Background: Primary care practice transformations require tools for policymakers and practice managers to understand the financial implications of workforce and reimbursement changes.
Objective: To create a simulation model to understand how practice utilization, revenues, and expenses may change in the context of workforce and financing changes.
Research Design: We created a simulation model estimating clinic-level utilization, revenues, and expenses using user-specified or public input data detailing practice staffing levels, salaries and overhead expenditures, patient characteristics, clinic workload, and reimbursements. We assessed whether the model could accurately estimate clinic utilization, revenues, and expenses across the nation using labor compensation, medical expenditure, and reimbursements databases, as well as cost and revenue data from independent practices of varying size. We demonstrated the model’s utility in a simulation of how utilization, revenue, and expenses would change after hiring a nurse practitioner (NP) compared with hiring a part-time physician.
Results: Modeled practice utilization and revenue closely matched independent national utilization and reimbursement data, disaggregated by patient age, sex, race/ethnicity, insurance status, and ICD diagnostic group; the model was able to estimate independent revenue and cost estimates, with highest accuracy among larger practices. A demonstration analysis revealed that hiring an NP to work independently with a subset of patients diagnosed with diabetes or hypertension could increase net revenues, if NP visits involve limited MD consultation or if NP reimbursement rates increase.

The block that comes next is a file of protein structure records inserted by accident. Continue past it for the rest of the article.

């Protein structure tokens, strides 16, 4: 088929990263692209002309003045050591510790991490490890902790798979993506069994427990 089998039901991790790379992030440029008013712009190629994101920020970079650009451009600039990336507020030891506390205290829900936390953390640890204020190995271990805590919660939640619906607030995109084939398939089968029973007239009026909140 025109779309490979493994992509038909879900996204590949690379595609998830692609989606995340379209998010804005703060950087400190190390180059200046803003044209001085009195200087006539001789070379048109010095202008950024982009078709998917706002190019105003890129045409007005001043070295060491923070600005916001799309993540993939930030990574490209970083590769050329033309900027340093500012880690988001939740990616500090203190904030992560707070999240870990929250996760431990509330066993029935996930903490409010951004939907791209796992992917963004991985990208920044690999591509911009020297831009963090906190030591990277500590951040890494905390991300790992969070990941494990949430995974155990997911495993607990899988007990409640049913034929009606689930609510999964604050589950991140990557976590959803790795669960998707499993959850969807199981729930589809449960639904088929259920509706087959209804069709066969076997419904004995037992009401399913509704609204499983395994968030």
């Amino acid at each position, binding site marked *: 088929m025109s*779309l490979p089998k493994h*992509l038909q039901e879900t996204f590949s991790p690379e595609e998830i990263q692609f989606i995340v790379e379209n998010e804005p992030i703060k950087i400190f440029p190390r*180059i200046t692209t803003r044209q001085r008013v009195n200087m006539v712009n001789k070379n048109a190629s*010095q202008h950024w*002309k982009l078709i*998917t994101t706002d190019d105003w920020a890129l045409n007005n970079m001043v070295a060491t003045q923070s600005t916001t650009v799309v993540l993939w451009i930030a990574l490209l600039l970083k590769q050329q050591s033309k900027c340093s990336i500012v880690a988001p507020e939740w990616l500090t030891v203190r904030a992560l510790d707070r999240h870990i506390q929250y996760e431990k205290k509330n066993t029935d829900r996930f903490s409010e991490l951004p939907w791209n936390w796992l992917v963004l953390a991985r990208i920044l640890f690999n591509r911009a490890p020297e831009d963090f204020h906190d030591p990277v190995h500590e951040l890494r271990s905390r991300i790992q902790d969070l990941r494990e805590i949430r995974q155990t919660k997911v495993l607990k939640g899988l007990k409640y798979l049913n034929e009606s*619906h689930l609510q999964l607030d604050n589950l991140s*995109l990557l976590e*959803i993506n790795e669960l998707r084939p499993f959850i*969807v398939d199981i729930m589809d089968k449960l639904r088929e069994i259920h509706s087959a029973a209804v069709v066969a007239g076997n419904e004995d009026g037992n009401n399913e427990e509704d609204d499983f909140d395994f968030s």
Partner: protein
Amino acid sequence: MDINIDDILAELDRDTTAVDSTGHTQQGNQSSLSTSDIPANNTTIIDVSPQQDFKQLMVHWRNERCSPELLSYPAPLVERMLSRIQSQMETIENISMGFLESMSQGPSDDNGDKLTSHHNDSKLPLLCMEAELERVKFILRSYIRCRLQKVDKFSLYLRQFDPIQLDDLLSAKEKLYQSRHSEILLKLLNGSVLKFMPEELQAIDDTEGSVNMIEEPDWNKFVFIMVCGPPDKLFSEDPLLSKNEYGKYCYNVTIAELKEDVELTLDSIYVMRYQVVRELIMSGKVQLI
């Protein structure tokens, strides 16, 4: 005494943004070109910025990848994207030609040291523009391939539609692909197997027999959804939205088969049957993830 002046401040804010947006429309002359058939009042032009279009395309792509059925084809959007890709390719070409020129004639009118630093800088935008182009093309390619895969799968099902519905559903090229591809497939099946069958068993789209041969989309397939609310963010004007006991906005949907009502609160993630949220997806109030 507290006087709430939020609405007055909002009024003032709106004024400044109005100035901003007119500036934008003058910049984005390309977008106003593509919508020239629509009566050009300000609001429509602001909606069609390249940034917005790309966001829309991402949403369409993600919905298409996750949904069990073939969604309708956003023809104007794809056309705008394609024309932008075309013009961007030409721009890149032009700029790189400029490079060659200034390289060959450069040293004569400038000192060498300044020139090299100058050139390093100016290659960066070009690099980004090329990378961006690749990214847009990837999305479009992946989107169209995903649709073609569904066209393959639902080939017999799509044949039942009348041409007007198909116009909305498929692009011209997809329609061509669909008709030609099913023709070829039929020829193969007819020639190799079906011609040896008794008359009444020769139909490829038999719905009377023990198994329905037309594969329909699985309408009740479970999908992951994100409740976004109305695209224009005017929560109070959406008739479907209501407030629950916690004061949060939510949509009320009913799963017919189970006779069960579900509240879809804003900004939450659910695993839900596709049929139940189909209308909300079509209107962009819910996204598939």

Conclusions: A model of utilization, revenue, and expenses in primary care practices may help policymakers and managers understand the implications of workforce and financing changes.
*Prevention Research Center; Centers for Health Policy, Primary Care and Outcomes Research, and Center on Poverty and Inequality, Stanford University, Stanford, CA
†Department of Public Health and Policy, London School of Hygiene and Tropical Medicine, London, UK
‡Department of Health Care Policy, Harvard Medical School
§Division of General Internal Medicine and Primary Care, Beth Israel Deaconess Medical Center
∥Center for Primary Care, Harvard Medical School, Boston, MA
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Funding: Harvard Center for Primary Care.
The authors declare no conflict of interest.
Reprints: Sanjay Basu, MD, PhD, Stanford University School of Medicine, Medical School Office Building, X322, 1265 Welch Road, Stanford, CA 94305-5411. E-mail: firstname.lastname@example.org.